Rage Review – Is It Worthy of a Sequel?

This is an article by Guest Author Roberto Sotelo submitted to the Gaming Historia Team!

Rage 2 was announced at E3 2018 and showed us a much different game than the original title. With this announcement in mind, I thought it would be a good idea to look back at the first Rage and examine what made that game good and deserving of a sequel while also pointing out its flaws.

Rage was a new IP from Bethesda back in 2010. It was highly anticipated, as most new Bethesda IP’s are. The premise involves Earth being destroyed by a giant meteor, with a protagonist that is known as an Ark Survivor. Ark Survivors are a selected group of people who were supposed to rebuild humanity after the fallout.

People were excited for a new game with that Bethesda charm of open-world exploration, breathtaking visuals, and great combat. The expectations were high, especially since the game was being created by ID software. People knew that it would have amazing gunplay as they were basically the founders of the first-person shooter genre. People got exactly what they expected from the creators of Wolfenstein, Doom, and Quake. Rage contained Bethesda charm with the ID Software spice and shooter expertise.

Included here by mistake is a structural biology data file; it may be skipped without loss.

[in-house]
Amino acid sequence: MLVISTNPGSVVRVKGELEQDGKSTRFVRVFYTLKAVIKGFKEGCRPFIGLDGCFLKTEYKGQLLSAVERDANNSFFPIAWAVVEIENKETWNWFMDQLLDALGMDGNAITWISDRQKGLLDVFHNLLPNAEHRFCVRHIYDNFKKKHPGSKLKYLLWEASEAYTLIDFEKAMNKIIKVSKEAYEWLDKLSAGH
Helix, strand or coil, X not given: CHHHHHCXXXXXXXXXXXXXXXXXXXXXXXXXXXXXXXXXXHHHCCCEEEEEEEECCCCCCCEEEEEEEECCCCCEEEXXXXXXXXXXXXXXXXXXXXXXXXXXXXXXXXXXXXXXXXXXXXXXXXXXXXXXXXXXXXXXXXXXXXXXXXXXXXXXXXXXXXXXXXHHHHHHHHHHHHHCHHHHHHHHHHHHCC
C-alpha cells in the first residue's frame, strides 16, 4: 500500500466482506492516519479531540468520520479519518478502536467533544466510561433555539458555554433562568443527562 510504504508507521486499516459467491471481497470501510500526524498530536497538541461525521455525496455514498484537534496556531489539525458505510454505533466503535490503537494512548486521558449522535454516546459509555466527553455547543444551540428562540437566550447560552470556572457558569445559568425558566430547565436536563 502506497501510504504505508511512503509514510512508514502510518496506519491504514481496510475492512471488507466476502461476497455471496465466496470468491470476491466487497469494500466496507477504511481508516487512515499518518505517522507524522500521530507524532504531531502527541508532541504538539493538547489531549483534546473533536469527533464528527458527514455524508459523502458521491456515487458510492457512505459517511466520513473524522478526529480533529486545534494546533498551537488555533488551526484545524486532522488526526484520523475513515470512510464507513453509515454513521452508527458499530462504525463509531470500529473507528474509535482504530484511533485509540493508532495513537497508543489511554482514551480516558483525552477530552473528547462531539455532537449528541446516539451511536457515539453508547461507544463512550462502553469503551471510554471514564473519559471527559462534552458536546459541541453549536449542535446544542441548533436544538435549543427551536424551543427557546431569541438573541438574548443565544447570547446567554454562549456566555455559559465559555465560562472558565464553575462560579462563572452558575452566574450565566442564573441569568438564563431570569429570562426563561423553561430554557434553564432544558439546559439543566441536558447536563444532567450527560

Rage is not a terrible looking game. It has very colorful visuals and creative environments. The developers captured the beauty of a post-apocalyptic wasteland very well. However, I played it on the PS3 and there was very bad pop-in at every turn. The graphics would be muddy and then slowly render fully, which ruined the experience immensely. I’ve seen Rage played on other consoles and while it isn’t as bad, it still is definitely there.

Other than that, the graphics definitely do stand out. With any post-apocalyptic setting, there needs to be a soundtrack to go with it and Rage sadly does not deliver that well. The soundtrack is forgettable and is honestly just background noise most of the time. The music (especially during battles) would often loop over and over with extremely obvious cuts. One good thing, however, is that enemies will often insult you or call out to other teammates and it makes the experience more enjoyable and believable.